I was drawn to this book because of the setting, no question.  I love anything to do with Salem, paranormal or not, as I am intrigued with its history and its development.  While I enjoyed the characters and the story line in this novel, I did find it somewhat drawn out, and I felt like the author lost sight of the actual murder investigation in lieu of the developing romance between Callie and the son of a prominent member of the town.  Although I did find the historical aspects of the story fascinating, including the search for more details on the original residents of Salem and those who were executed and how it relates to the current residents of Salem and surrounding areas, and the way the author just gave tidbits of information drawing the reader into the story so they could learn more as the story progressed, it just wasn't enough to make up for the drawn-out mystery.  I did enjoy the basic story, but I never felt truly engrossed into the story or in their lives.    

To be honest, I think part of the problem was there were too many story lines going on and I was never sure exactly which one was the main part of the story.  When Sheriff Rafferty began looking into a 25-year-old triple homicide, I thought it would be more a police procedural than it was, but there wasn't really a lot of investigating going on. For those of us who read police procedurals on a regular basis, it was a bit disappointing, to be honest. I liked the man, and I thought the author did a great job showing how people can panic and do silly things when scared, but I just felt like something was missing. Then you have Rose Whelan, a woman who was quite respected for her historical research into the Salem witch trial, now thought to be guilty of the homicide and talking to trees in search of the answers to the case. I really didn't know what to think about that, and it's not because I don't like the paranormal, it's just because it didn't seem to fit into the story very well.  Then there was all of the drama with Towner's aunt and the home for abused women on the island with all of its secrets. Then there was the feud between two founding members of the town, going on for centuries, with explanations that were not fully satisfactory.  While each of the story lines would be very interesting on their own, I am wondering if there was too much going on, and the author should have just focused on one or two for the novel, and left some of these brewing in the background for future novels.

The Fifth Petal, while interesting in its own way, was more a love story rather than a murder / mystery and I found this to be a bit disappointing.  I did like the characters however, and thought they were quirky enough to be interesting, and would like learn more about them.  There were huge aspects of the book that were quite irrelevant to the story, and were used as filler, but she is a good writer so I went along with them.  I definitely liked the historical tie-ins to the witch trials and although nothing new was really revealed, it was still interesting, and it is evident a lot of research went into it.  If you think you can plow through this one, then I would recommend it just for the writing and the historical research.  If you are looking for a murder / mystery, then I would pass.
Monday, January 30, 2017

Review: The Woman in Blue by Elly Griffiths

The Woman in Blue (Ruth Galloway, Book #8)
by Elly Griffiths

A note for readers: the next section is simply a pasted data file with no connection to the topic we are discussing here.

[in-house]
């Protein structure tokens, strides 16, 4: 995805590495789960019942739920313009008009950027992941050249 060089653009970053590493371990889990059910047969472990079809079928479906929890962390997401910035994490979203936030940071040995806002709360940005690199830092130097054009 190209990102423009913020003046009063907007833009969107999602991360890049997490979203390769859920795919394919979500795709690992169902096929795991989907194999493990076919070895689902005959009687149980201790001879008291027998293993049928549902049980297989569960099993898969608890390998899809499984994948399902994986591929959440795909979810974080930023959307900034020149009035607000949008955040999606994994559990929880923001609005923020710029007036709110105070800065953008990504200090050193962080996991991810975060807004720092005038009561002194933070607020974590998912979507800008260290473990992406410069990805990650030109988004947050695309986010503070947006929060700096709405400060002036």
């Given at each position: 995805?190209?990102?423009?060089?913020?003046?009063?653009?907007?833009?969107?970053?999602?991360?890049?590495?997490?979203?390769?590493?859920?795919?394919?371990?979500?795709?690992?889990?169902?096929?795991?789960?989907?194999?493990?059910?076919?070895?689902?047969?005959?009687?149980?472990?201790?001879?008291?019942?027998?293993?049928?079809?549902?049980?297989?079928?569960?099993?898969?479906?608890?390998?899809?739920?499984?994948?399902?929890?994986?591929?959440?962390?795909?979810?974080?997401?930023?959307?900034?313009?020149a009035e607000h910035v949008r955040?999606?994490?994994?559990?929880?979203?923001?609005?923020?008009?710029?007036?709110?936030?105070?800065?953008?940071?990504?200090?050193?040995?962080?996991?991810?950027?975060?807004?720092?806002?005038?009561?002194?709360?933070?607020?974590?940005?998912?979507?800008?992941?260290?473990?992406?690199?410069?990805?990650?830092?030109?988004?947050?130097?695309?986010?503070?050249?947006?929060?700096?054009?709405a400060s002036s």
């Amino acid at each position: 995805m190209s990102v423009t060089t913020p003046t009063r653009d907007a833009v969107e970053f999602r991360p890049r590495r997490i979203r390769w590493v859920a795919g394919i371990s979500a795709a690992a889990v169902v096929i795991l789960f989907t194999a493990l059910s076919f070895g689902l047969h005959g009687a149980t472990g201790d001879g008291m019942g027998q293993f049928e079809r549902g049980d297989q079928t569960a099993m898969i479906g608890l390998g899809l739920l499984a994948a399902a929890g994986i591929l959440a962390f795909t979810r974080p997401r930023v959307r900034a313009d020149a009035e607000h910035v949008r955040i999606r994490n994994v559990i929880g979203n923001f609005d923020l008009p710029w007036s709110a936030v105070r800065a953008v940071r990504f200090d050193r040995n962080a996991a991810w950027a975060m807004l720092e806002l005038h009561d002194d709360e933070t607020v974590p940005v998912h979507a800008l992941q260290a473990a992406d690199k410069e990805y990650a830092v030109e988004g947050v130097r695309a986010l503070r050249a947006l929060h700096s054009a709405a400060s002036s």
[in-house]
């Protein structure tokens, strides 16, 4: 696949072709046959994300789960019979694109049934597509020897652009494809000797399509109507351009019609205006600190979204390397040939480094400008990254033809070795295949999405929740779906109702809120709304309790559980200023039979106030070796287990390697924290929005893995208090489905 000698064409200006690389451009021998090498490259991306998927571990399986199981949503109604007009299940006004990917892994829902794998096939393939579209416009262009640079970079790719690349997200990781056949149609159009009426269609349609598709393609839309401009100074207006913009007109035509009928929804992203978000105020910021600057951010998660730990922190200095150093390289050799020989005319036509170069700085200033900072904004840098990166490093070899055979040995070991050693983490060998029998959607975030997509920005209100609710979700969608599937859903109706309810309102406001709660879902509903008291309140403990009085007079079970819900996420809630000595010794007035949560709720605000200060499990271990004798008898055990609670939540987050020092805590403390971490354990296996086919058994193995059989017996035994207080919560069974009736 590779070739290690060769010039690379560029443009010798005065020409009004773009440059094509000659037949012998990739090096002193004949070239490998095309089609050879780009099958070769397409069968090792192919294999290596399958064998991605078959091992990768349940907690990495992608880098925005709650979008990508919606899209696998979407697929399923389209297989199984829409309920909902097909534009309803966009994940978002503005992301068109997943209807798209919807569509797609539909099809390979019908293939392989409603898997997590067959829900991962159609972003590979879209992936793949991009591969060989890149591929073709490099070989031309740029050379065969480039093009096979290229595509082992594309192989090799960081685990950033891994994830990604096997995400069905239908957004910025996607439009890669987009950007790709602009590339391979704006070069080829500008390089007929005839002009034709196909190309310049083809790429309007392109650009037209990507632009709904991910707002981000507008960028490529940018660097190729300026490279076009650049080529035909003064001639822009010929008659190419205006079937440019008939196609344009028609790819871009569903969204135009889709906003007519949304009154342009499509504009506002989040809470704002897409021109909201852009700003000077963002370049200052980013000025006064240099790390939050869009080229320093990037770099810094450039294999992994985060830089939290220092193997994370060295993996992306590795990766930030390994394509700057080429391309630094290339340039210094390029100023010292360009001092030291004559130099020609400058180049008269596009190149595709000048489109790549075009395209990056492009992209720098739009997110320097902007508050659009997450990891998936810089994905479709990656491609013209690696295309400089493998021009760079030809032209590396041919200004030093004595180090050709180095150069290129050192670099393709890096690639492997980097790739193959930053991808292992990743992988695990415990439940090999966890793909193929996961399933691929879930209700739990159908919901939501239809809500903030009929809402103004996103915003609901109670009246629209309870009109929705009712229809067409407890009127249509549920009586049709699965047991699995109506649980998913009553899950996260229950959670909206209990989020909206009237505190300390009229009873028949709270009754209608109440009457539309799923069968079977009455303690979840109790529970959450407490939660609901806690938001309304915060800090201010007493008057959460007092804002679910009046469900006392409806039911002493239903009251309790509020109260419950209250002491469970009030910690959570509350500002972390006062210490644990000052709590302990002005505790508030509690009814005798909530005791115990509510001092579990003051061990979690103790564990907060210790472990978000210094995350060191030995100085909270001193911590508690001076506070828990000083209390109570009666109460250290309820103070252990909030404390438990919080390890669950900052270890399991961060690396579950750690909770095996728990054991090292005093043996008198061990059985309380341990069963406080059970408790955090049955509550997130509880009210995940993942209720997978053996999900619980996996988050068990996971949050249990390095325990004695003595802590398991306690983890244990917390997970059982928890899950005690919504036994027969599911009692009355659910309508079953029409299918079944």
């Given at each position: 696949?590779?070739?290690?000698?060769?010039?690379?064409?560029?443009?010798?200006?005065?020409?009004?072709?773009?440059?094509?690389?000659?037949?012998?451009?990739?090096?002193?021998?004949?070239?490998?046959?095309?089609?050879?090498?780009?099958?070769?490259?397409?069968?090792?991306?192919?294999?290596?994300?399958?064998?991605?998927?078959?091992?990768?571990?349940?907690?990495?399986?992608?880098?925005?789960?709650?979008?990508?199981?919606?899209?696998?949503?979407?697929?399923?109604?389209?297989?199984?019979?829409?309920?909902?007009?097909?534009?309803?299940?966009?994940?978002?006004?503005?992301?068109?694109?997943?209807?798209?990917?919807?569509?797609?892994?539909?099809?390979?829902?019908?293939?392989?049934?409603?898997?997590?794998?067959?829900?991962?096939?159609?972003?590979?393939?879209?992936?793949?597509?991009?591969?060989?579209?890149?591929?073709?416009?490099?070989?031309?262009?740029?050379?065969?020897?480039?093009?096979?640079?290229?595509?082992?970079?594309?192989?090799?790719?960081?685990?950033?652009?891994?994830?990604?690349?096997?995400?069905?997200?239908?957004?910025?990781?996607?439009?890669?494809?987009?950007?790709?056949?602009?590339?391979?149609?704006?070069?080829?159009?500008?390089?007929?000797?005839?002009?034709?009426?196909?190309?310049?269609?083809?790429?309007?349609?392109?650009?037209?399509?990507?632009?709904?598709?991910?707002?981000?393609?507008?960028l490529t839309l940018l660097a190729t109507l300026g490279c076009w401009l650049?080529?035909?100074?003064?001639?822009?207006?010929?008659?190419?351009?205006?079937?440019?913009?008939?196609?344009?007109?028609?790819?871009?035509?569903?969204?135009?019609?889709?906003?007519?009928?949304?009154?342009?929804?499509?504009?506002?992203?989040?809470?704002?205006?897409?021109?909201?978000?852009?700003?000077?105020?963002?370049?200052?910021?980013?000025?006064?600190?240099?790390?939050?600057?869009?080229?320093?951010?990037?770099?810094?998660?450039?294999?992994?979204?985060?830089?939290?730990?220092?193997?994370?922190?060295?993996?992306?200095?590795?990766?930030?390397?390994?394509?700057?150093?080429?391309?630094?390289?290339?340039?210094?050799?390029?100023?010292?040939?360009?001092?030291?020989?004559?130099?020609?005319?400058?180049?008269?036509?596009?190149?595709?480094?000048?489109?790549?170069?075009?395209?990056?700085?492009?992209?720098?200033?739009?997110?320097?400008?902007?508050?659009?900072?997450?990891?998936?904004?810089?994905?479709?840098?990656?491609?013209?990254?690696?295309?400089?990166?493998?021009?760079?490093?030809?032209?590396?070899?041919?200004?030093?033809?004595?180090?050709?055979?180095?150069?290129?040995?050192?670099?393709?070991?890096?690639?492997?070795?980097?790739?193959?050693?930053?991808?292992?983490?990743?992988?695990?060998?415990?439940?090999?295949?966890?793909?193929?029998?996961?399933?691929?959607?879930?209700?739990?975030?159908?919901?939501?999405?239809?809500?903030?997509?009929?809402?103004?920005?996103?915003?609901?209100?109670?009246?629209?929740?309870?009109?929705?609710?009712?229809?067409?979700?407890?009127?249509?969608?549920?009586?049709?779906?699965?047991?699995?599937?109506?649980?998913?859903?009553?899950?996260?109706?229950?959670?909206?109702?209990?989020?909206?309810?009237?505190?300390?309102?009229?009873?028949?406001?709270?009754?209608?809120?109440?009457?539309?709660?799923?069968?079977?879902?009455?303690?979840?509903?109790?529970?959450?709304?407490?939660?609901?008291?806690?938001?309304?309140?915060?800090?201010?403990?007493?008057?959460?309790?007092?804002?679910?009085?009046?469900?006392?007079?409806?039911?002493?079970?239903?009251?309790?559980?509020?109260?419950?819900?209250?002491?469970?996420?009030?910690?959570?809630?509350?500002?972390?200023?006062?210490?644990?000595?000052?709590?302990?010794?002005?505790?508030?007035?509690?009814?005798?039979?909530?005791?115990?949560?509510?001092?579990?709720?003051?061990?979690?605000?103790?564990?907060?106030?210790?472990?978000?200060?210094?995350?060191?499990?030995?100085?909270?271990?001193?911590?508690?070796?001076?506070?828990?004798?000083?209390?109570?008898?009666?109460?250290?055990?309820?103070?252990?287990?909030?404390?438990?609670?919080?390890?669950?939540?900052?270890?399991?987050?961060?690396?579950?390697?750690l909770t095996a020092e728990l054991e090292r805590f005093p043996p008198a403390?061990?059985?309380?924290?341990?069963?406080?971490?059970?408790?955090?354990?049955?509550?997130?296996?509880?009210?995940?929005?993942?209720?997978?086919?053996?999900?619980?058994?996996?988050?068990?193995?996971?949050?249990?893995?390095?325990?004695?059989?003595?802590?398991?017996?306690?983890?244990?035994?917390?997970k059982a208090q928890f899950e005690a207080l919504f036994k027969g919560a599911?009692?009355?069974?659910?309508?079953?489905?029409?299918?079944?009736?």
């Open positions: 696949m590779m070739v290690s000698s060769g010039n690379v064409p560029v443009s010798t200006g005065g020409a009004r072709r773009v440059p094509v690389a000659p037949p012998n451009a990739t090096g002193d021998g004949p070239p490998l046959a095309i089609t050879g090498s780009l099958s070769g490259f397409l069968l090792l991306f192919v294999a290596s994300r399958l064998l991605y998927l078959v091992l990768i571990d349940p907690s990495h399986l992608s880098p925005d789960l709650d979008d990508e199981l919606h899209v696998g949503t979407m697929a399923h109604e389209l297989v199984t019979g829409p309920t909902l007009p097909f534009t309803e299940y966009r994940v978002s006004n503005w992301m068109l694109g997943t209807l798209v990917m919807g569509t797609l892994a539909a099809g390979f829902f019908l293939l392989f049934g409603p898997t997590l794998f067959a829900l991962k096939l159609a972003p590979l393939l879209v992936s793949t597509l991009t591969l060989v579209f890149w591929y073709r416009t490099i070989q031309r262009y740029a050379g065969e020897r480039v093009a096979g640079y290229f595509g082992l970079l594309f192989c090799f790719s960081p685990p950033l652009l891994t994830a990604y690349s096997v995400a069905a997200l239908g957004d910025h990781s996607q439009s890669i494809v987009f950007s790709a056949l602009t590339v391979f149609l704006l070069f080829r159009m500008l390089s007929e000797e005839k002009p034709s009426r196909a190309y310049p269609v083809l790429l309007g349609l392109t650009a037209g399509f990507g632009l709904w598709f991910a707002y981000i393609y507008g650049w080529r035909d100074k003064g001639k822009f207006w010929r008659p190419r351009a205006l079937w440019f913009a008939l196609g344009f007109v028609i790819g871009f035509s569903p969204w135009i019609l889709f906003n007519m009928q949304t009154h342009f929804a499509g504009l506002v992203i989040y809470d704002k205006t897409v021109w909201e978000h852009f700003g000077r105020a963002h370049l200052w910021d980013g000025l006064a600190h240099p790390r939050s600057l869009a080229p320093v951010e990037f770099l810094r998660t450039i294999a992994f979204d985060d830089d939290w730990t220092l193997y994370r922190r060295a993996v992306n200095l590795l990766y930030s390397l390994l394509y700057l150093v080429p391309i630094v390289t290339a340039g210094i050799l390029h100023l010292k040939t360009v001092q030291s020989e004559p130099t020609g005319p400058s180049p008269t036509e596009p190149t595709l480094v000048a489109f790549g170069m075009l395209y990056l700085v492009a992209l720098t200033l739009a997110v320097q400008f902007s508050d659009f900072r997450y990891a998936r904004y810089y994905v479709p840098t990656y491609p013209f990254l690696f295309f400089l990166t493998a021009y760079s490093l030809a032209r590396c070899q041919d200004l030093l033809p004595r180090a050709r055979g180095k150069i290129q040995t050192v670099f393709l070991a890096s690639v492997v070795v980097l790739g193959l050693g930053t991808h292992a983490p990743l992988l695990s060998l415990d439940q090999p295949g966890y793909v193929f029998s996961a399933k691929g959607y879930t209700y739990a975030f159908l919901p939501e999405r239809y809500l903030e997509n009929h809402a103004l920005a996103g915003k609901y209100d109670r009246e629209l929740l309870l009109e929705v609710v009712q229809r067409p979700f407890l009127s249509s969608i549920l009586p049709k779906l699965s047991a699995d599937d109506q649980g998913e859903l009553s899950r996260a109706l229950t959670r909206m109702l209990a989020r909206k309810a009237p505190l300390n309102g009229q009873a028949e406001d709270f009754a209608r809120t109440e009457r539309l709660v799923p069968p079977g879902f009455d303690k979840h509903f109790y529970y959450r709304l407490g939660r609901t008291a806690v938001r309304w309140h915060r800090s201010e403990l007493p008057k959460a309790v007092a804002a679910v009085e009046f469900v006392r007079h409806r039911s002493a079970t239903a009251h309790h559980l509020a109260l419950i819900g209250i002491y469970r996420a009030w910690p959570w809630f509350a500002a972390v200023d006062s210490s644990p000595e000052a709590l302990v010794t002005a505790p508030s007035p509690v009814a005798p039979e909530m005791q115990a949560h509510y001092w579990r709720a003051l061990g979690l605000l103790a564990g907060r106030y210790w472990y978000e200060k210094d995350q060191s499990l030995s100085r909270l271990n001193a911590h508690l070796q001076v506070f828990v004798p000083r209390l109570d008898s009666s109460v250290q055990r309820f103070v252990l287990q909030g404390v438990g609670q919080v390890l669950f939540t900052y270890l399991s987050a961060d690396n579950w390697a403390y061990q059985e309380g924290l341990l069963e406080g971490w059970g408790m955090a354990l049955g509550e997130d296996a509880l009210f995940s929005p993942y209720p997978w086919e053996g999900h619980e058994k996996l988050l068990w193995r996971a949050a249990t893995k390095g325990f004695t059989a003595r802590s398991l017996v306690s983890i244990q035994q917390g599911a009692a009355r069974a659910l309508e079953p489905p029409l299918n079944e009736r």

Release Date: May 3rd 2016
2016 Houghton Mifflin Harcourt
Ebook Edition; 358 Pages
ISBN: 978-0544417854
Genre: Fiction / Mystery
Source: Review copy from publisher

3 / 5 Stars

Known as England’s Nazareth, the medieval town of Little Walsingham is famous for religious apparitions. So when Ruth Galloway’s druid friend Cathbad sees a woman in a white dress and a dark blue cloak standing alone in the local cemetery one night, he takes her as a vision of the Virgin Mary. But then a woman wrapped in blue cloth is found dead the next day, and Ruth’s old friend Hilary, an Anglican priest, receives a series of hateful, threatening letters. Could these crimes be connected? When one of Hilary’s fellow female priests is murdered just before Little Walsingham’s annual Good Friday Passion Play, Ruth, Cathbad, and DCI Harry Nelson must team up to find the killer before he strikes again.

My Thoughts
The Woman in Blue is the eighth entry in the Ruth Galloway series, and probably my least favourite. I was really looking forward to this book as this author is a favourite of mine, along with Billingham, and I couldn't wait to continue the adventures of Ruth, Harry, and Cathbad.  Unfortunately, there were some things that really set me on edge in this one, and I couldn't seem to get past them and just enjoy the story.

As always though, I liked the setting.  Set in an old medieval town, I liked the descriptions of the buildings and the surroundings; and since Little Walsingham is famous for its religious apparitions, it seemed like it had the perfect ambiance for a good little murder/mystery, with all of the political and religious wrangling that would entail.  What I didn't count on was the close-mindedness of both Harry's and Ruth's characters to the religious fanaticism and beliefs of others, and how annoying and irritating it was in this book.  To be honest, at times, Ruth's tone was pretty condescending, and it got old, fast.  I was almost ready to go back and listen to her whine about her weight again rather than listen to her put down those who believe.  And considering the mystery was about threats against female clergy and a murder that was connected to those threats, the anti-religion attitude got really annoying, and I would have just rather read about the investigation.  It's not that I'm against Ruth and Harry's beliefs, and the author has been very open in previous novels about them, but that's as far as it went, while in this novel the tone changed quite a bit, almost with a condemning voice.  Maybe I was just being more sensitive than usual, but I tend to think that if you're investigating a crime, you should always keep an open mind about someone else's beliefs.